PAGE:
business

Damac Chief Ready to Sell 15% of His Stake at Right Price

Updated on
  • Company is developing Trump-branded golf courses in Dubai
  • Damac is eyeing expansion opportunities in Germany, London
Hussain Sajwani. Source: Daniel Lynch /eyevine/Redux/Daniel Lynch /eyevine

Hussein Sajwani, the billionaire whose Damac Properties Dubai Co. is developing Donald Trump-branded golf courses in Dubai, would be “more than happy” to sell as much as 15 percent of his majority stake in the company to boost the trading in its shares.

“The intention is there,” the Damac chairman said in an interview at his seafront residence on The Palm, a man-made island off Dubai’s coast. “As an owner who built the company with all the effort and hard work, I am not willing to sell it when I see my stock is undervalued,” he said. He declined to say what he considers a fair price.

Damac Properties Chairman Hussain Ali Habib Sajwani discusses opportunities, his views on London, and Brexit.

(Source: Bloomberg)

Sajwani owns 72 percent of Damac, the company he founded in 2002 and grew to become one of the biggest developers in the Middle East, known for projects designed by Versace and offers of luxury cars such as BMWs, Lamborghinis and Teslas to buyers during Dubai’s shopping festival. Sajwani has a net worth of $5.2 billion, according to the Bloomberg Billionaires Index.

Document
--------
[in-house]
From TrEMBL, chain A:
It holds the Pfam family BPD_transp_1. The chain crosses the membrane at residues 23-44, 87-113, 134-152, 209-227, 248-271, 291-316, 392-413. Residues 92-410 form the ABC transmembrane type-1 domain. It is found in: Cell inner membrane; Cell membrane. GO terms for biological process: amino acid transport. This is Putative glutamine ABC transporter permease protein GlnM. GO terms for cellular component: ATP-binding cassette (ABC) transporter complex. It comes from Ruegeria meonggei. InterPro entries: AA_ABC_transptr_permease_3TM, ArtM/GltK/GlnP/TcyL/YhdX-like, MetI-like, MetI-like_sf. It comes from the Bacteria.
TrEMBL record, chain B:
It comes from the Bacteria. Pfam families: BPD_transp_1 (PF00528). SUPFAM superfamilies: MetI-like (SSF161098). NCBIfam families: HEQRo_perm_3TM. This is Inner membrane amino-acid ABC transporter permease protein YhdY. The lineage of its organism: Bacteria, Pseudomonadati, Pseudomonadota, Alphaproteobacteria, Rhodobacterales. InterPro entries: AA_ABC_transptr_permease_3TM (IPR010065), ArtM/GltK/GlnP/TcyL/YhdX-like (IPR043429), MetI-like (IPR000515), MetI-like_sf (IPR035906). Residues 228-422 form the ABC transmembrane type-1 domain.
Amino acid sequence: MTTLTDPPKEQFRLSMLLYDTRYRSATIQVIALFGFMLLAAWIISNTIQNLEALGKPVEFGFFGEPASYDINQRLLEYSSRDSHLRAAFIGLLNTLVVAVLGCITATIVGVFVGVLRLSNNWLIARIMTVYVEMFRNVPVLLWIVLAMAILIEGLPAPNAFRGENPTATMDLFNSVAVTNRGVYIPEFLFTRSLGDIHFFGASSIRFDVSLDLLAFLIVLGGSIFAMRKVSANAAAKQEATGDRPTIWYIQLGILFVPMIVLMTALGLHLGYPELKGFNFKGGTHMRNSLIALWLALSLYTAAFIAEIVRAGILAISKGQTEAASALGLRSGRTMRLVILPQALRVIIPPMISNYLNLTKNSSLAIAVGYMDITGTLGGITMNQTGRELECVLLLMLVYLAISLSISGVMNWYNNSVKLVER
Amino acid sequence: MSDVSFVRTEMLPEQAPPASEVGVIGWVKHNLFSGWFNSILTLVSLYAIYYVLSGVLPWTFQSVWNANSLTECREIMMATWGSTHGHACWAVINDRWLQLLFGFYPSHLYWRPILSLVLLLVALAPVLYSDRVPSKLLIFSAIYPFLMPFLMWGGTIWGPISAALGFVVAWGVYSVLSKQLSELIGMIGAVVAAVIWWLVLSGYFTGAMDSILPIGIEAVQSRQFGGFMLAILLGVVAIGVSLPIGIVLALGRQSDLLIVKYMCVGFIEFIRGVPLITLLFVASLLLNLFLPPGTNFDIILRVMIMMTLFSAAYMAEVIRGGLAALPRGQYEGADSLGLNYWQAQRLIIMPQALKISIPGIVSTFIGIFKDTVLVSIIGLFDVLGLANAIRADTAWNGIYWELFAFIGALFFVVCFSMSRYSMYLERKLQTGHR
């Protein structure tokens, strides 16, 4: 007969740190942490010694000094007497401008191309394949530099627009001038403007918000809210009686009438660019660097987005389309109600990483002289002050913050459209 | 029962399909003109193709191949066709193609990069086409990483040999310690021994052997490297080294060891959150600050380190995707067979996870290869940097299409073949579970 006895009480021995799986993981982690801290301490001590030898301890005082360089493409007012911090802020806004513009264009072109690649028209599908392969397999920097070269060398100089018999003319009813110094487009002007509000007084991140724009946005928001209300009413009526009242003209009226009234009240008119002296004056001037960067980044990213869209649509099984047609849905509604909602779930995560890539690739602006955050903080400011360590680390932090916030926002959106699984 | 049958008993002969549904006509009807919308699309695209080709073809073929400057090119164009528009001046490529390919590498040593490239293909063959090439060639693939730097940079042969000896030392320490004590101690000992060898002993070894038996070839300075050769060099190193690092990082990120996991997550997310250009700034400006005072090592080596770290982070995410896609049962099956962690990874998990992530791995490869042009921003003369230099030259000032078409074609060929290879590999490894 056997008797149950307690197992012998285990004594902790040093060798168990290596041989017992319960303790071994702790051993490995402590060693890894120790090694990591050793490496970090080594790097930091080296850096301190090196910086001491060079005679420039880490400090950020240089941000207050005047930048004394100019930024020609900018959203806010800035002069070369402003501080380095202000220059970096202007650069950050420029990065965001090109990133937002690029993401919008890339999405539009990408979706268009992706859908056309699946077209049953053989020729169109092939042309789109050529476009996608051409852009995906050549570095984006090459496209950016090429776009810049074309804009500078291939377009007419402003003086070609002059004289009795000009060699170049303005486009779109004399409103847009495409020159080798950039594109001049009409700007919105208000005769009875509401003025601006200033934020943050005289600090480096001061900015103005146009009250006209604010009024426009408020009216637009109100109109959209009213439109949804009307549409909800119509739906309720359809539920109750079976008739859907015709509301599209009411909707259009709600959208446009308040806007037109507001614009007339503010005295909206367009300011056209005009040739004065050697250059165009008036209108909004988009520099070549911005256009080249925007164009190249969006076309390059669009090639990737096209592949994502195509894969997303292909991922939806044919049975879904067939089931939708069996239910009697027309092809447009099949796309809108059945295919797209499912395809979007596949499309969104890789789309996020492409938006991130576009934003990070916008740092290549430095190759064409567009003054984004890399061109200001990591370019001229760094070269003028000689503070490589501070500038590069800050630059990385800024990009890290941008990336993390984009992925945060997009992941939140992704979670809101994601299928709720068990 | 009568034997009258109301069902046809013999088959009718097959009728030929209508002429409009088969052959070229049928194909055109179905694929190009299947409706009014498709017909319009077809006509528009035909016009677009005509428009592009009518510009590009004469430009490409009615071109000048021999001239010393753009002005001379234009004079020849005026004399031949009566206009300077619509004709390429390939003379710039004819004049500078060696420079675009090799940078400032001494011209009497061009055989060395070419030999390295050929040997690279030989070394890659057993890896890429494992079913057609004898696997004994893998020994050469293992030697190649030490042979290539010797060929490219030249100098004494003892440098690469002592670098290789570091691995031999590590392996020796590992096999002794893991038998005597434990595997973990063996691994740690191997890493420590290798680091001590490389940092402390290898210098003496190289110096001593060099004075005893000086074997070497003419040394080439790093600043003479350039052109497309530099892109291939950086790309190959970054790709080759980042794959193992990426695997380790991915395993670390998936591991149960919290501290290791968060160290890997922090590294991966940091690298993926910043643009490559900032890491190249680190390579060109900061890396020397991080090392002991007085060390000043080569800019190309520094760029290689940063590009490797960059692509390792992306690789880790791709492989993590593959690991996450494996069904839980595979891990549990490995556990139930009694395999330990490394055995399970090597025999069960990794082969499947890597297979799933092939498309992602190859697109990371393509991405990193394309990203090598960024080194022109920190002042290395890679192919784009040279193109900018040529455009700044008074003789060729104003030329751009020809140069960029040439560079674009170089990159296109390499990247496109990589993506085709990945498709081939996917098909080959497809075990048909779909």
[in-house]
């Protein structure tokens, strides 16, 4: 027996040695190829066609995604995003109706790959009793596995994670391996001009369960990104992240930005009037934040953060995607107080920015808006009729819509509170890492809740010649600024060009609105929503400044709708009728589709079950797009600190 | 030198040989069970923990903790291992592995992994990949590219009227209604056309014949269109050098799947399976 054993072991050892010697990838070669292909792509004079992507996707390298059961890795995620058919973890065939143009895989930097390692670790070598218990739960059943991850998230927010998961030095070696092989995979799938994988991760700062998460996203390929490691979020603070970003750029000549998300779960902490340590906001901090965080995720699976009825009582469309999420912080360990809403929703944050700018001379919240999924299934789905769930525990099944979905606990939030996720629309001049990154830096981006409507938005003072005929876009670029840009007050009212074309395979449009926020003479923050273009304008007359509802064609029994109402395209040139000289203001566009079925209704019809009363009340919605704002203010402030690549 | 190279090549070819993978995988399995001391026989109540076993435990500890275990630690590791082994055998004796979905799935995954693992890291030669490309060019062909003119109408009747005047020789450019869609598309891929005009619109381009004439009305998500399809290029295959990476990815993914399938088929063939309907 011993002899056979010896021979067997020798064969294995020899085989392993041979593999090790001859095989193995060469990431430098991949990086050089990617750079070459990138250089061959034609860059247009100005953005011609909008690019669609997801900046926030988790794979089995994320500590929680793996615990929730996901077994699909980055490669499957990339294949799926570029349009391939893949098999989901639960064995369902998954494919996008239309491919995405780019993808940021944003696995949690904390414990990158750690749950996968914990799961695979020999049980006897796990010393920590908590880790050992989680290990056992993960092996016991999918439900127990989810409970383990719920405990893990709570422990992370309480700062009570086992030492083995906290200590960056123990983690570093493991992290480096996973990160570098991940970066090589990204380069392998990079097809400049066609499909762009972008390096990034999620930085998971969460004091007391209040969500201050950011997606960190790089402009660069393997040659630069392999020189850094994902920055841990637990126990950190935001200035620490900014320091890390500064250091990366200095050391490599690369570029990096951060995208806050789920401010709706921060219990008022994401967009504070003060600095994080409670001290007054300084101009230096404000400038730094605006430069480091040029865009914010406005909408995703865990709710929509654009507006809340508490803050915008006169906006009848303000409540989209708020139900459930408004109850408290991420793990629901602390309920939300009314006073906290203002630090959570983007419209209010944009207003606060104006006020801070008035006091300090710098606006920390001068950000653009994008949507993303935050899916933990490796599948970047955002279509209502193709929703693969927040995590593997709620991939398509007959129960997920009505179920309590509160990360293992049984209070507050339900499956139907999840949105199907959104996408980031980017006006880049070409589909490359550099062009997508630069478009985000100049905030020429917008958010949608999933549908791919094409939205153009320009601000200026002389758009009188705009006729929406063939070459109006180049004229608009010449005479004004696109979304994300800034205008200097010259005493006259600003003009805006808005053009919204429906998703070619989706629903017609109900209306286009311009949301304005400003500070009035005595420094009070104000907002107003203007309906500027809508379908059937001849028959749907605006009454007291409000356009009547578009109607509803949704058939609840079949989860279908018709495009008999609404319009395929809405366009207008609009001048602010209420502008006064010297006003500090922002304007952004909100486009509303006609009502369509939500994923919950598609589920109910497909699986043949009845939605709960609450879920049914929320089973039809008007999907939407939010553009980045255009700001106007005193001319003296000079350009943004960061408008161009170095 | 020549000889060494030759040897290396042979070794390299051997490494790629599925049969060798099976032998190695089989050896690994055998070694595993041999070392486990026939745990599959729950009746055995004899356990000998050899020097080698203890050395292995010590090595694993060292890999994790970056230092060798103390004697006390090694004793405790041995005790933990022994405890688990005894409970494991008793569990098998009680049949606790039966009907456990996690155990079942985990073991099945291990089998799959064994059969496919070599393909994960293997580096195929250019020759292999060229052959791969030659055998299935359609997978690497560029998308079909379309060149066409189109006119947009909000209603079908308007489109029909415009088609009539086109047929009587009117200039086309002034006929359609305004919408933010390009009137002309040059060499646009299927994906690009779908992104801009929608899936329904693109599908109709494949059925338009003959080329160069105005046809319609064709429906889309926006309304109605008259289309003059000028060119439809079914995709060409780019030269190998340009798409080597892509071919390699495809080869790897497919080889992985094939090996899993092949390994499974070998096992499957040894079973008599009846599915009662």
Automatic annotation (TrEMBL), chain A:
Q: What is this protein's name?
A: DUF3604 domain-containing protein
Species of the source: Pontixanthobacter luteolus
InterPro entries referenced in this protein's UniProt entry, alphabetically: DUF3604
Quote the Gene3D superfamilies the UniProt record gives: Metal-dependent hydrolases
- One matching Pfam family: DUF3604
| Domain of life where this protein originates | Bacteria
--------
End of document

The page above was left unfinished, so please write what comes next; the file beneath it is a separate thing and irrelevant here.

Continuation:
“For me, liquidity in the stock is important,” Sajwani said. “At the same time, I love what I do and I see big potential in the company and I want to stay majority shareholder.”

No advisers have been hired to oversee a possible sale, he said. Sajwani said he doesn’t plan any changes to Damac’s dividend policy.

Selling shares “helps the market because it increases liquidity,” said Sanyalak Manibhandu, an Abu Dhabi-based equities analyst at First Abu Dhabi Bank Securities LLC. The market is happy about Sajwani’s commitment to the company’s “quite generous” dividend pay-out, he said.

Damac closed up 0.3 percent at 3.50 dirhams in Dubai trading after climbing as much as 2.3 percent earlier. The shares have risen 33 percent over the last 12 months, giving the company a market value of 21 billion dirhams ($5.7 billion).

The developer is trading at a cheaper valuation than its peers. Damac is priced at 6.3 times its estimated earnings over 12 months, lower than a ratio of 7.6 for Emaar Properties PJSC and 8.6 for Dubai’s main stock index.

Damac has two golf-course development deals with Trump’s family company. The tie-up has propelled Sajwani from a developer little known beyond the Middle East into someone often referred to as Trump’s main business partner in the region. No more deals were being explored with the U.S. president’s organization, he said.

Sales are forecast to grow about 7 percent in 2017, Sajwani said, matching analyst estimates compiled by Bloomberg. Damac shares have climbed 32 percent over the past 12 months, beating Dubai’s real-estate stock index, helped by its inclusion in MSCI global indexes.

The company is weighing opportunities in cities such as Berlin, Istanbul and London, where he thinks the U.K.’s planned exit from the European Union is offering a possibility to expand, Sajwani said. Damac’s Aykon London One, a 50-story tower in the U.K. capital’s Nine Elms district set for completion in 2020, is more than 50 percent pre-sold, according to the chairman.

— With assistance by Shin Pei, Alaa Shahine, Claudia Maedler, Hussein Slim, and Filipe Pacheco

(Adds anaylst comment in sixth paragraph, updates share price in seventh.)
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